The way that I feel about it is, I am really glad and grateful that people are having kids now, even if it does seem unfair, and even if it’s difficult, even if it’s complicated. What I have definitely found, from having my daughter, is that it reminds you of what life’s about and of the best things in life. Also, it does tend to help people soften themselves a bit, to find their humanity. When I take her out and about, I do see people just being kinder as a result of being around a child.

I think I can see parallels between attitudes and ways of coping that were common, say during the Cold War, and now. The way that people just got on with it because, as a species, we’re really good at ignoring things.

I think that’s interesting, that one, cause I don’t think it’s a good time to stick your head in the sand. I do think we do need to become more like activists and people do need to bother to get involved, keep going, and do that work. At the same time, I do think that at every stage of history there has been something that has terrified and daunted people. And that’s not to play down the climate crisis, because that’s massive and real. I do think you can totally imagine at every other stage, especially in the 20th century, people having to be like ‘Well, of course, this is happening but we just have to keep bloody going.’ And in that respect, it’s, again, quite comforting.

I hope this doesn’t sound too facile, but with the baby, the big thing you learn is that you have to constantly adapt. On a wider level, it does remind you, that’s what we do as human beings. That’s what human beings without power need to do the whole fucking time. Quite often the people in power are terrible human beings.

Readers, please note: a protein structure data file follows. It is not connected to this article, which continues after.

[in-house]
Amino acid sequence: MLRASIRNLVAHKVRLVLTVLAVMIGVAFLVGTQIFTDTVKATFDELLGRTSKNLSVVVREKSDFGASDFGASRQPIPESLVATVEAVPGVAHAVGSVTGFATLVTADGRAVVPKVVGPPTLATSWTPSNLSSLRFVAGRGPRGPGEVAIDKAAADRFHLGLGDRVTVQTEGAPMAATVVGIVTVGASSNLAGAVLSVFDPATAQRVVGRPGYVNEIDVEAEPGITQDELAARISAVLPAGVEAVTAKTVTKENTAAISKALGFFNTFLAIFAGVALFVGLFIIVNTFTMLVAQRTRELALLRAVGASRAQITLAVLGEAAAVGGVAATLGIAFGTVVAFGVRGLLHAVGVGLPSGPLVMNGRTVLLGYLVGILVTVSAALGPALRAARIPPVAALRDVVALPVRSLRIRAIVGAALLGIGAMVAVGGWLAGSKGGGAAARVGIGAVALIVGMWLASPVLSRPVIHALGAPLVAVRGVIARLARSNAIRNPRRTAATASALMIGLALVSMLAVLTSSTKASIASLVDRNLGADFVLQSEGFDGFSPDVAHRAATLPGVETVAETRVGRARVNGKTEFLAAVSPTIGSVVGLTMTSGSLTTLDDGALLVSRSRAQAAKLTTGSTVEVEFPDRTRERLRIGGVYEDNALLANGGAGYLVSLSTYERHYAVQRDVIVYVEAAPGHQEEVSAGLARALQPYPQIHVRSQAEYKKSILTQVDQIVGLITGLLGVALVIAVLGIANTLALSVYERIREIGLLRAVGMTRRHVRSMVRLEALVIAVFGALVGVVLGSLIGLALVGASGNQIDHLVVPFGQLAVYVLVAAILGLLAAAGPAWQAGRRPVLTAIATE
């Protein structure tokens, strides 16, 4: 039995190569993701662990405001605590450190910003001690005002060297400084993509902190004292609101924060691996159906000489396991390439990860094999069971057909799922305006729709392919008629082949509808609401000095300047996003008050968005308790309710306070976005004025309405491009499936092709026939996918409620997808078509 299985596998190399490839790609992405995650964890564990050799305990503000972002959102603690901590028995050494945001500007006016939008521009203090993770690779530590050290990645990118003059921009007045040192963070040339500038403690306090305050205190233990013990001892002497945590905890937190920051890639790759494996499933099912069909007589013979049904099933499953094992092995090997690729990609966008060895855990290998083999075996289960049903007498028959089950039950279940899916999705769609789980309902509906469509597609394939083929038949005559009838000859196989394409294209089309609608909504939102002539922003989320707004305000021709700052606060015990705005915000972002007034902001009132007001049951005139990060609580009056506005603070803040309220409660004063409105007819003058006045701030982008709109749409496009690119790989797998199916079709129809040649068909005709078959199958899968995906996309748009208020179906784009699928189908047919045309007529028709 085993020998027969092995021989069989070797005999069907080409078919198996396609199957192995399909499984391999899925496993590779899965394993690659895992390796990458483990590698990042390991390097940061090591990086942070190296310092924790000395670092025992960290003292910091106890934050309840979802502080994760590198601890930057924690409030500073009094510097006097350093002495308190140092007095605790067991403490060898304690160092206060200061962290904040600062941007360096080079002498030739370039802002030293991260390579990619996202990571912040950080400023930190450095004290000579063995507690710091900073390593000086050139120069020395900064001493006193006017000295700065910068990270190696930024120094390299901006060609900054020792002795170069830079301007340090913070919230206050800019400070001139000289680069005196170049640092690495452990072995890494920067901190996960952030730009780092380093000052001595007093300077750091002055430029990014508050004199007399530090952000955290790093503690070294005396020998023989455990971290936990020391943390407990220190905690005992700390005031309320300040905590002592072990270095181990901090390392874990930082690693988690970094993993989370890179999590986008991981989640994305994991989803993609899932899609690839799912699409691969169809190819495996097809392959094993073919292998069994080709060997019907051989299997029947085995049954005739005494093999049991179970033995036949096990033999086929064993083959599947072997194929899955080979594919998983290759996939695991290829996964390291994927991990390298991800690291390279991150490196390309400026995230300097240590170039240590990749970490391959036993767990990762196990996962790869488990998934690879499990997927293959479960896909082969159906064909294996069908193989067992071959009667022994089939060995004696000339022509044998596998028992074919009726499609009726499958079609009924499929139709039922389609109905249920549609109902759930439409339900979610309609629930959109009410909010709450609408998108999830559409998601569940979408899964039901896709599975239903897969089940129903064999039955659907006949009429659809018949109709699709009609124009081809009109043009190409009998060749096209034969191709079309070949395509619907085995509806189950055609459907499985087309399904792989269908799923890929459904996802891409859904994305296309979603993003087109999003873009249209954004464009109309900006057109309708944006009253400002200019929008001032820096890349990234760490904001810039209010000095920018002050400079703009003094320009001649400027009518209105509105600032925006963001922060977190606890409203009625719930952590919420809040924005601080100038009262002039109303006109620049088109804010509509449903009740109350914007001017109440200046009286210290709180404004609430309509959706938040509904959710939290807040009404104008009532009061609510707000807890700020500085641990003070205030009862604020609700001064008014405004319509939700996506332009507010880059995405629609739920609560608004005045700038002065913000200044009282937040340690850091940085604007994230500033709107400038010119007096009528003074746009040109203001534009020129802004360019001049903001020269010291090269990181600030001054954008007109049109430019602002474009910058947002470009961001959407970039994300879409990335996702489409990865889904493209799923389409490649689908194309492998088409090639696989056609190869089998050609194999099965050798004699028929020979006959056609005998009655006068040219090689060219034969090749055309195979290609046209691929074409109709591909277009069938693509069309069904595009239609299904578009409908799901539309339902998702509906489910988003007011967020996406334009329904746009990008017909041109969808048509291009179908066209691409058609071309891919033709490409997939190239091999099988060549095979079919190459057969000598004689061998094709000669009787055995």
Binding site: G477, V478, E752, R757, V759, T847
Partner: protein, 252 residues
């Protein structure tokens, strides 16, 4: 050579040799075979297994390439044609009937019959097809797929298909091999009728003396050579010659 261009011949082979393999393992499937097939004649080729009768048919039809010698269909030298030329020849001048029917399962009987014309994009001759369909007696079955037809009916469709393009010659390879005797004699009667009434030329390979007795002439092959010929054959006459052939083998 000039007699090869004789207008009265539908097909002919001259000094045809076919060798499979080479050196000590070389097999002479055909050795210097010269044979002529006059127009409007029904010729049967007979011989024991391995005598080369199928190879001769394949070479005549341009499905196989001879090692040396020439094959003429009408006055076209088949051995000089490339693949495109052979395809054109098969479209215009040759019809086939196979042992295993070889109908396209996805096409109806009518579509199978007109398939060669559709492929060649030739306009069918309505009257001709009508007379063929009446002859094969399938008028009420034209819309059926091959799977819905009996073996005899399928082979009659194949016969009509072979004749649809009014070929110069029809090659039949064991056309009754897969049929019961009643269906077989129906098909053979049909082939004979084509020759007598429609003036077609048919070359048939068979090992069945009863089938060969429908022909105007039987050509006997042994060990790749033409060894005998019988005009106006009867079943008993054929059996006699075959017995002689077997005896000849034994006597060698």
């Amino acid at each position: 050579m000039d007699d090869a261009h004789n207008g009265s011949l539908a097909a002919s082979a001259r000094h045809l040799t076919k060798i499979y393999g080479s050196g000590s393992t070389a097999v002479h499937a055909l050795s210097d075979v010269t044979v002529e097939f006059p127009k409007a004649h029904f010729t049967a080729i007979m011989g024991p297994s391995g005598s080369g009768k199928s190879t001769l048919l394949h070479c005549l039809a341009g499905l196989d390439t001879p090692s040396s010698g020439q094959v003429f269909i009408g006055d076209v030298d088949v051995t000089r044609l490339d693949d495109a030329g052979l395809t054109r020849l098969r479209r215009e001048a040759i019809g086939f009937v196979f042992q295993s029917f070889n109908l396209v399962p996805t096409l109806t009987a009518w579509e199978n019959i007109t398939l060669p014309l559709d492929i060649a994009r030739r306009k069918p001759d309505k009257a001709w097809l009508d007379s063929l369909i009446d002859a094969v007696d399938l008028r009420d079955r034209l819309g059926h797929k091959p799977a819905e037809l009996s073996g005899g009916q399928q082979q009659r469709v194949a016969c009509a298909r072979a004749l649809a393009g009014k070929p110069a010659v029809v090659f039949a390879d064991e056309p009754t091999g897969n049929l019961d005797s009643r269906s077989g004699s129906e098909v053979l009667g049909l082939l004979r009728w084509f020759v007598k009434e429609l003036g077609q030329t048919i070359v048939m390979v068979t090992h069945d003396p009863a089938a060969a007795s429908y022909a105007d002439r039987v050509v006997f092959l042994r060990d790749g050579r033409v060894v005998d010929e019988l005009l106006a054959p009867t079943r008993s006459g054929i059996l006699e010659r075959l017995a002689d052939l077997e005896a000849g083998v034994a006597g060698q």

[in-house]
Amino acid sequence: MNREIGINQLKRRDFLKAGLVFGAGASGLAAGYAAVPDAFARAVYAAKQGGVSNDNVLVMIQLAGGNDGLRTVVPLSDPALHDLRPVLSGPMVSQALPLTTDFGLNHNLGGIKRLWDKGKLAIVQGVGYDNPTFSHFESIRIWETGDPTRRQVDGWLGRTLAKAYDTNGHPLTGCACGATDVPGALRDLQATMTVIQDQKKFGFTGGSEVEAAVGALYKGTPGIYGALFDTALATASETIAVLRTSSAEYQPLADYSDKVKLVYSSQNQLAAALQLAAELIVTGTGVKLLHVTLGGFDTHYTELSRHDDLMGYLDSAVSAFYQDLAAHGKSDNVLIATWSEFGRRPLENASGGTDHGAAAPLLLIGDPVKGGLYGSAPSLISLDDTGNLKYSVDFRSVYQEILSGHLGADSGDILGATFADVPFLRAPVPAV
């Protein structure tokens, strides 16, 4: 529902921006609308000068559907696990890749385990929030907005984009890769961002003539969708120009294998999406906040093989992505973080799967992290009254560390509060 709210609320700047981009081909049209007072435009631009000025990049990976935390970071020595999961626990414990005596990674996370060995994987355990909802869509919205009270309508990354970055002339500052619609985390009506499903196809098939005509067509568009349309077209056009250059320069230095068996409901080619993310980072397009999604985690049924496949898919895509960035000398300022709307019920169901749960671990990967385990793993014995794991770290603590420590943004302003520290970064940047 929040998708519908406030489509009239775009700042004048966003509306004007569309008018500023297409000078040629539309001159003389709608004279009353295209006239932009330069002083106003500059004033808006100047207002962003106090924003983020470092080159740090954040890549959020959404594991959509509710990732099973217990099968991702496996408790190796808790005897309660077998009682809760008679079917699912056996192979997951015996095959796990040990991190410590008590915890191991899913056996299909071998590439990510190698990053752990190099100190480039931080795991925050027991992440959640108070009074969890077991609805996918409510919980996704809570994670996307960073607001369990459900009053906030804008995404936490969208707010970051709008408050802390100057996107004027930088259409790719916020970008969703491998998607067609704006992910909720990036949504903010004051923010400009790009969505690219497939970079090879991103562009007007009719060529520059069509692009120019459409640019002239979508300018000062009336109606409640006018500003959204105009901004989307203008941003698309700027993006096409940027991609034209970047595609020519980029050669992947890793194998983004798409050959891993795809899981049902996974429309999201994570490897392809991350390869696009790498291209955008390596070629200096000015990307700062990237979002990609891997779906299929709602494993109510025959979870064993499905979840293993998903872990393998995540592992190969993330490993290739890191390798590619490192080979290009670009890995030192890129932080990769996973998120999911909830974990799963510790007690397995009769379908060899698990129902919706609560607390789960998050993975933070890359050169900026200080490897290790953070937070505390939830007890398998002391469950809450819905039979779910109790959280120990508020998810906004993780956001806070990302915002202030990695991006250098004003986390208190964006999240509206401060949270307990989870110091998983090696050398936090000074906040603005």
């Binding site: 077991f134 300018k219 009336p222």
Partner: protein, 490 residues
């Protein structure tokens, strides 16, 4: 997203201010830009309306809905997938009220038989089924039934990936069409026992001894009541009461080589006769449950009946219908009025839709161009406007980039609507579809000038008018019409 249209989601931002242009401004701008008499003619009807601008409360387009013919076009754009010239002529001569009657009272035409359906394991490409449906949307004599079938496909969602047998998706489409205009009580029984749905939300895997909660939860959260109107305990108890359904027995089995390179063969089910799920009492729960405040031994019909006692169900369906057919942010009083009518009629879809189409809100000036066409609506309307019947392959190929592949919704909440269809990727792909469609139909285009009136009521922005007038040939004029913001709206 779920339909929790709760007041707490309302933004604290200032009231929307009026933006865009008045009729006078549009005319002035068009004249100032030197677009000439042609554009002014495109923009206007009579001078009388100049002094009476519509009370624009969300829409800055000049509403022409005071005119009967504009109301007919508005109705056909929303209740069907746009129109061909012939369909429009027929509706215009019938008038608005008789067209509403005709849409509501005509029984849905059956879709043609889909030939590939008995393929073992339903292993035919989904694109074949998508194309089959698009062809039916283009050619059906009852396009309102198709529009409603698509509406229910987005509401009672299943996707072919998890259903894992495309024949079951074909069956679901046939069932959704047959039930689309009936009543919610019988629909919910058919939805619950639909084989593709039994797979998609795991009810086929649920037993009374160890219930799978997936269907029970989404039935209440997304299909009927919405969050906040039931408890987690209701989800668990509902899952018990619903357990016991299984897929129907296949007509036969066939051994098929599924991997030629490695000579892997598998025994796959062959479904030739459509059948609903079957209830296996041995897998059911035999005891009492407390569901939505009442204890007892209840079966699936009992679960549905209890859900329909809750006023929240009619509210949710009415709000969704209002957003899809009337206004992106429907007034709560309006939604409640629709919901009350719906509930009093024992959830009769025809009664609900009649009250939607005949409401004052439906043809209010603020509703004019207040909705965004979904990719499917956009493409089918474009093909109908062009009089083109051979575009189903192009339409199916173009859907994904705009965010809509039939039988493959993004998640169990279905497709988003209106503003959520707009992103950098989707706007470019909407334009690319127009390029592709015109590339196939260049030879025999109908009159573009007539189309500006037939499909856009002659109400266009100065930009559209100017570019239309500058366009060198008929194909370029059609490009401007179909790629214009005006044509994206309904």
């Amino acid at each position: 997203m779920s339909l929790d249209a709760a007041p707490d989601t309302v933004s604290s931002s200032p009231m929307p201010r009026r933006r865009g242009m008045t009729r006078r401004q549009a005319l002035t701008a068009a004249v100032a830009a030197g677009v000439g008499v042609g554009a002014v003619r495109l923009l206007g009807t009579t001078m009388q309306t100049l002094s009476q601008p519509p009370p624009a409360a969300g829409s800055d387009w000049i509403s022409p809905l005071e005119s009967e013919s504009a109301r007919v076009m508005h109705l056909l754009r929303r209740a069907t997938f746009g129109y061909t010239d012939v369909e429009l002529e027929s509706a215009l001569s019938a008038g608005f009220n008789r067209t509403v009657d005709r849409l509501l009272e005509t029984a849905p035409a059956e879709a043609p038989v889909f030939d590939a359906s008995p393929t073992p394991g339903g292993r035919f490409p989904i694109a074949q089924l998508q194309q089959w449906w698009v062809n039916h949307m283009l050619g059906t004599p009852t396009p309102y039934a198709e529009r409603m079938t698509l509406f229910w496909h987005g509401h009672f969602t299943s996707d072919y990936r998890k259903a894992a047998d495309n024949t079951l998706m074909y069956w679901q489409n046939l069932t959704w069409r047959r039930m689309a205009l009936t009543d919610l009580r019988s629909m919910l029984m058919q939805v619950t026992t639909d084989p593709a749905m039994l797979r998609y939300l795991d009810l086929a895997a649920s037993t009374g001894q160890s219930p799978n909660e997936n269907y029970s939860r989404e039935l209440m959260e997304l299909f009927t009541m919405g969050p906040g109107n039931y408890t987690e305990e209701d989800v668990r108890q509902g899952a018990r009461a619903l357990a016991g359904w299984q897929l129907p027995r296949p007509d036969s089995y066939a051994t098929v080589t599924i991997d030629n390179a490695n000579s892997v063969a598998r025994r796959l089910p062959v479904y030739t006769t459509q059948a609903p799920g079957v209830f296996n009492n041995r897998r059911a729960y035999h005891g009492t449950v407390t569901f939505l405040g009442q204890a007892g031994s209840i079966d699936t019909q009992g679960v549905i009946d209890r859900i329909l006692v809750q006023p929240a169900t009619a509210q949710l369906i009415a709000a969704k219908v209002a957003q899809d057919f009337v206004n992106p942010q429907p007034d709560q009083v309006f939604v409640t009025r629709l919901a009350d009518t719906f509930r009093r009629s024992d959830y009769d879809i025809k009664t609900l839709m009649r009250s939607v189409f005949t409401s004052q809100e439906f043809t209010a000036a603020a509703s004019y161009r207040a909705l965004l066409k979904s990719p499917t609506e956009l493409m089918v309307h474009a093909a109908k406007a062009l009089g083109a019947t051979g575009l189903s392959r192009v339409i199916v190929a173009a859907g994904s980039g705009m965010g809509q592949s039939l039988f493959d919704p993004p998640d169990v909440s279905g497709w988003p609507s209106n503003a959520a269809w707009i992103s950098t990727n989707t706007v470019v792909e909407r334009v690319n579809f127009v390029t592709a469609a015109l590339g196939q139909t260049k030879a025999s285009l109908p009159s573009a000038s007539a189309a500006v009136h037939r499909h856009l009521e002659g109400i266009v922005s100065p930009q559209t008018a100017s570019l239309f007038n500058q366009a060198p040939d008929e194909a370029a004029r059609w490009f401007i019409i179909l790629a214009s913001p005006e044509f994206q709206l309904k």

Apart from your comedy, you’ve also made some self-funded micro-budget films.

Yeah, me and my friend Doug King met about 9 years ago. Basically we really got on and we just decided we’d make films together and we call ourselves Caledonian Mumblecore: because we have no money and all the films are about people chatting in the west of Scotland.

We were desperate to do a feature from the get go really, but it wasn’t possible to get funding. We spent a few years going by conventional means and not getting anywhere, so then we just decided that we were going to make it ourselves.

It’s about how people try to get on with small things when big things are happening around them. The stuff of life still goes on when things are really difficult. It’s like my standup show, to be honest.

It did really well for a no budget feature, it was nominated for a British Independent Film Award and we got a little cinema tour. We’re now in the process of trying to develop it for television…what we’re really looking to do now is go legit to make some big stuff.

I’m really committed to making films, particularly in Glasgow, cause I think it’s the most beautiful filmic city and I think you have the full range of location, culture, everything here.
Any story you want to tell can be told in Glasgow.

Josie Long will take Tenderness to The Stand, Glasgow on 16th February and Oran Mor, Glasgow on 16th March.

Josie long
photo: Giles Smith